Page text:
Obituary: Adjunct Professor Joan (Jan) Mary Anderson, 1932–2015

Written by Professor FRED CHOW and Professor BARRY OSMOND

Joan (Jan) Mary Anderson was an internationally-acclaimed plant biologist renowned for her discoveries of the organisation of the intricate membrane structures that carry out solar energy conversion in cells of green plants.

In a research career spanning 55 years, mostly at the Division of Plant Industry CSIRO Canberra and the former ANU Research School of Biological Sciences, Jan's experiments and insights changed the way we think about the light reactions of photosynthesis.

This most energetic of all biological processes enables plants to use sunlight to split water into the by-product oxygen and fix carbon dioxide into the raw materials upon which all life on Earth ultimately depends.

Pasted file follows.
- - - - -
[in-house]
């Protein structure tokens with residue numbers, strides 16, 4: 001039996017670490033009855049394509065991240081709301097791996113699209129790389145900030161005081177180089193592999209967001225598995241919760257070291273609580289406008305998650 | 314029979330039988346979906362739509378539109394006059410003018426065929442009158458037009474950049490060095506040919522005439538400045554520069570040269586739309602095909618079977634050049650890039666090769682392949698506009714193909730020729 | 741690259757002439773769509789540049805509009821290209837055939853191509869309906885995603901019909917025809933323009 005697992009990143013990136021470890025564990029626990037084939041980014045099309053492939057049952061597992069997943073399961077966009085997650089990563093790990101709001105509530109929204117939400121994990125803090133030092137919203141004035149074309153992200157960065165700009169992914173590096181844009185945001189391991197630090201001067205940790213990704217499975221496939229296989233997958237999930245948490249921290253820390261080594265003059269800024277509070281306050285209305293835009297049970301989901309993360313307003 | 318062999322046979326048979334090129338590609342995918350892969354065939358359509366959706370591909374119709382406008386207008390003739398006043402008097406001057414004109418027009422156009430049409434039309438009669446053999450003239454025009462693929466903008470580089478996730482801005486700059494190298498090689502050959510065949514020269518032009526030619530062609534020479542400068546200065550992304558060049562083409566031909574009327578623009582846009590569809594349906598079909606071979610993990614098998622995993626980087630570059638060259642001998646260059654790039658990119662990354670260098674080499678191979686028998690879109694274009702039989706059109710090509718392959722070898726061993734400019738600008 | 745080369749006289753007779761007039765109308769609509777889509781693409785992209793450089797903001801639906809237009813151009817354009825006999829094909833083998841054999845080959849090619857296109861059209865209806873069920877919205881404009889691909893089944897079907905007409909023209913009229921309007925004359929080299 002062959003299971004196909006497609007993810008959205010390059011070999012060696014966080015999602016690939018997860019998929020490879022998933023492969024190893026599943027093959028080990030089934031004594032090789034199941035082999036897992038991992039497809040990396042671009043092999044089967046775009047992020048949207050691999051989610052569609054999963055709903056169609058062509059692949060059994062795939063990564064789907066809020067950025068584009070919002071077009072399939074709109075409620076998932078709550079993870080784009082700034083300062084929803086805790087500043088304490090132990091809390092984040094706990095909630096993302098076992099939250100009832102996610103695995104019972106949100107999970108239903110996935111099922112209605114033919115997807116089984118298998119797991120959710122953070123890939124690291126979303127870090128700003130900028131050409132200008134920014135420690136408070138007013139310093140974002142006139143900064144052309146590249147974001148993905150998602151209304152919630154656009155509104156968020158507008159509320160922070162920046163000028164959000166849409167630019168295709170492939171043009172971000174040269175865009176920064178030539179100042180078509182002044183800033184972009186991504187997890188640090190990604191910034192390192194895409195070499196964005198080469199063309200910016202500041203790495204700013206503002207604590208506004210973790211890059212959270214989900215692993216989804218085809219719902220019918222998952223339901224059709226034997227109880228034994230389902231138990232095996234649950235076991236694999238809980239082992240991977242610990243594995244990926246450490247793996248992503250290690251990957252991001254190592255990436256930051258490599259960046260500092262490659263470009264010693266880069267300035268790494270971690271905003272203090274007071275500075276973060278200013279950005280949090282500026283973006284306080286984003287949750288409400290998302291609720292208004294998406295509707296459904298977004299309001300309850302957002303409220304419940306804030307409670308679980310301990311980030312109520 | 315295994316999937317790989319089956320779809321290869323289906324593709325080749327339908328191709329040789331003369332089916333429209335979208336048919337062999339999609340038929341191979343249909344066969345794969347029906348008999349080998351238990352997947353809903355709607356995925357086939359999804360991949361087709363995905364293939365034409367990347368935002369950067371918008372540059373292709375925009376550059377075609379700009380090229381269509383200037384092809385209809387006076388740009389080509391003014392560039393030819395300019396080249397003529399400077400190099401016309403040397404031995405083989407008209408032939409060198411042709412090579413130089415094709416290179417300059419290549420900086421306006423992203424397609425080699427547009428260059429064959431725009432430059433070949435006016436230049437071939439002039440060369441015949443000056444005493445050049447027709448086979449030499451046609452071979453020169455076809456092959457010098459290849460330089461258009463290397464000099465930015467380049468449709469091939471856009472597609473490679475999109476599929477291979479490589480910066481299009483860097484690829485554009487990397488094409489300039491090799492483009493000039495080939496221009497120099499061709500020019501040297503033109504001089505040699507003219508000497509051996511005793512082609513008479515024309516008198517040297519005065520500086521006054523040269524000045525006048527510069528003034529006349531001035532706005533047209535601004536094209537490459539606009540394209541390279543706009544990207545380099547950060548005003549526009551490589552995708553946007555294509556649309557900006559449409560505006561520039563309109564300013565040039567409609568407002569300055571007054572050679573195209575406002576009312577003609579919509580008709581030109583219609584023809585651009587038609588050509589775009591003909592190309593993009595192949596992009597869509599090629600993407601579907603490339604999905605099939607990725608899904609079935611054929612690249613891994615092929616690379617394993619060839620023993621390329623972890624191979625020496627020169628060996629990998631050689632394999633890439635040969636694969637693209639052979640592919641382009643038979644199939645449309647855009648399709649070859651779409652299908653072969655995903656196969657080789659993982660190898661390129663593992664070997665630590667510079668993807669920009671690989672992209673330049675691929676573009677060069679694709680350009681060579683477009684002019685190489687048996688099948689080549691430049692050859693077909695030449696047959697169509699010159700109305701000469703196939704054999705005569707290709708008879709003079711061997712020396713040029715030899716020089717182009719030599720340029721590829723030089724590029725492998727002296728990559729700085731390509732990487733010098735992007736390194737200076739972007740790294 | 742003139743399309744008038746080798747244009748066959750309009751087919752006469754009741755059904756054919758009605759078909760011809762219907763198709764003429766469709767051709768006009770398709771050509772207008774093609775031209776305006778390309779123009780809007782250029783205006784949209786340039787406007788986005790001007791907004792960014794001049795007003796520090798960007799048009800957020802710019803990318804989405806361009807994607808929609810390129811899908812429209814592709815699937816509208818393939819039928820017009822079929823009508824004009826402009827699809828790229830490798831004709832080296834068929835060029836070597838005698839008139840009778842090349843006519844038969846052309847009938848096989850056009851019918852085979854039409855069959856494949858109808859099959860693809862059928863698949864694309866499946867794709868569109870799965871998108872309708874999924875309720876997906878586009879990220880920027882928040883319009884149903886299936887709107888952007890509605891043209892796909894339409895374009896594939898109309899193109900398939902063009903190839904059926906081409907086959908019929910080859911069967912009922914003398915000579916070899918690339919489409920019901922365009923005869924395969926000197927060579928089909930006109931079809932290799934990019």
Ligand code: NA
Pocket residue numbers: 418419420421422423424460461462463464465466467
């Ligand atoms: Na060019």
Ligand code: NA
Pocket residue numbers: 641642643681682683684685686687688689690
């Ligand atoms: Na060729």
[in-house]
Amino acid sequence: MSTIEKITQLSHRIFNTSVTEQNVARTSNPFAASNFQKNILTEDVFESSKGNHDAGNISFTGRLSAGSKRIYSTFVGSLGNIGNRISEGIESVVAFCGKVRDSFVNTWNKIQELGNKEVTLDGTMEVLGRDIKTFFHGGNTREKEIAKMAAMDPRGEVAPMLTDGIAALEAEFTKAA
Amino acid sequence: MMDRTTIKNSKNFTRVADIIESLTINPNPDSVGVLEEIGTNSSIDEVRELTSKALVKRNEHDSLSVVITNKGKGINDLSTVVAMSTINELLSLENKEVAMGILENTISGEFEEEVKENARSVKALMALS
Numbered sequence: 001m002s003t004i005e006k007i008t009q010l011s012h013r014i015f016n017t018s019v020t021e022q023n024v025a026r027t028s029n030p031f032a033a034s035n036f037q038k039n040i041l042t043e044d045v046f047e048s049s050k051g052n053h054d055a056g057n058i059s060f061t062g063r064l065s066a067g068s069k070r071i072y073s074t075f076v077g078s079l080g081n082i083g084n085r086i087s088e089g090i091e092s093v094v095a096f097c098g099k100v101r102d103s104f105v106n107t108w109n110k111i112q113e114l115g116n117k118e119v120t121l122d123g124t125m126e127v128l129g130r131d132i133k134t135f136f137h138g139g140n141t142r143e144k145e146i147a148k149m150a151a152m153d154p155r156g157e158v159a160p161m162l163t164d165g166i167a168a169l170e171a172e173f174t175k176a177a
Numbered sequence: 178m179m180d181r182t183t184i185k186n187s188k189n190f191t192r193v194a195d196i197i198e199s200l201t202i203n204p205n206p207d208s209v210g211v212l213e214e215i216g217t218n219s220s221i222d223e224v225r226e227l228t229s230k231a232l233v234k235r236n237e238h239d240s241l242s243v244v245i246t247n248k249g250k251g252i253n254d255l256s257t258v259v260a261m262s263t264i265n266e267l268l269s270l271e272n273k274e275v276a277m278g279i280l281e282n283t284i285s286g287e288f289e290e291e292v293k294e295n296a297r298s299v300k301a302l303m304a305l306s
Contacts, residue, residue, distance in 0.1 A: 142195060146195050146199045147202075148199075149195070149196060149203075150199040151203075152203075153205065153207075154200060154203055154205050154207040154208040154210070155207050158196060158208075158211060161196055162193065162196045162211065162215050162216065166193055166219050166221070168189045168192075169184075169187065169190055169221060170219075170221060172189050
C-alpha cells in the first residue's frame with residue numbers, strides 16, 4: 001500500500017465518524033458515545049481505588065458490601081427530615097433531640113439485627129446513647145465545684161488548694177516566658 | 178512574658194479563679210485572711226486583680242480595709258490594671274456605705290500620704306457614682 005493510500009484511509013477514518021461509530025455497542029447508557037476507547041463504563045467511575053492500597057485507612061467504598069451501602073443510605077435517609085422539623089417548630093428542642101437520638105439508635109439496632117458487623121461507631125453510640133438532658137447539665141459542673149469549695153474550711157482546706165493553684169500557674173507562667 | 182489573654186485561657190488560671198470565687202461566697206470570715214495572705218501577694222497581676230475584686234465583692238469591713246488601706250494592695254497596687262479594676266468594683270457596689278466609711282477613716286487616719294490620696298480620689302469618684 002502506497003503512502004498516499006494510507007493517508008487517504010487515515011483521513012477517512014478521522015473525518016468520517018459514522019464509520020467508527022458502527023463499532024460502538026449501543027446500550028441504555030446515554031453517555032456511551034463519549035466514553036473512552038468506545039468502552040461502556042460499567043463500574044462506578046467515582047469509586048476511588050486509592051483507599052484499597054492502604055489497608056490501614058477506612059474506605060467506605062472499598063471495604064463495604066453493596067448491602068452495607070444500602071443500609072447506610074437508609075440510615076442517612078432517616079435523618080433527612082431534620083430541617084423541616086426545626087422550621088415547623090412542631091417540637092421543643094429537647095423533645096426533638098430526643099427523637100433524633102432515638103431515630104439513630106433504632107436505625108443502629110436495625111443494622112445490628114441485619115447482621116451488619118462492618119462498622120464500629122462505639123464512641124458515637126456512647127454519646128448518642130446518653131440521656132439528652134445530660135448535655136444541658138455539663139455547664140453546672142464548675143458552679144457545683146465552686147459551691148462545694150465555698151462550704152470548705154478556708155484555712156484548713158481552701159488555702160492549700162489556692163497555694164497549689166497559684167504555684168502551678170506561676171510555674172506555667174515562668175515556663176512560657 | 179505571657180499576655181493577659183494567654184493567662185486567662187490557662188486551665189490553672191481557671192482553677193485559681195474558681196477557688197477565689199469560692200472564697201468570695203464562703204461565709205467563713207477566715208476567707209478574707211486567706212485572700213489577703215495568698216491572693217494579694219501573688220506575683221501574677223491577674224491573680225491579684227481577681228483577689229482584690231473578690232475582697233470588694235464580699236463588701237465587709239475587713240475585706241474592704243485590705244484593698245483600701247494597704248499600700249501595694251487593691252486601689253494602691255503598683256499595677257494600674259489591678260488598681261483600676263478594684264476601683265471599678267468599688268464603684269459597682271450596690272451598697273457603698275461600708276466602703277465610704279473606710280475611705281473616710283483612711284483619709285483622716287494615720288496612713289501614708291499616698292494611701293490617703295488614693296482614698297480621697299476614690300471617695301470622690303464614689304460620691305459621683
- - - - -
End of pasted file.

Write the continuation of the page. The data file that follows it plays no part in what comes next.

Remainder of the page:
Jan graduated from the University of New Zealand and won a year-long King George V Memorial Fellowship for New Zealand to study anywhere in the US.

Noble Laureate Harold Urey recommended her to his friend (and soon to be Nobel Laureate) Melvin Calvin at the University of California Berkeley.

In 1959, she moved to Canberra to CSIRO Plant Industry.

She was placed in the laboratory of Keith Boardman, thus beginning an outstanding collaboration that cemented the reputation of Canberra as a centre for breakthrough research in the light reactions of photosynthesis.

Jan's experiments that brought evidence of photosystems saw her become the first Australian to be awarded a Carnegie Institution Fellowship to Stanford University's Department of Plant Biology.

This was followed by the visit of Carnegie scientist Olle Björkman to Canberra in 1971-72 that established an informal but enduring partnership in photosynthesis research between Canberra and Palo Alto laboratories that today ranges from molecular to global scales.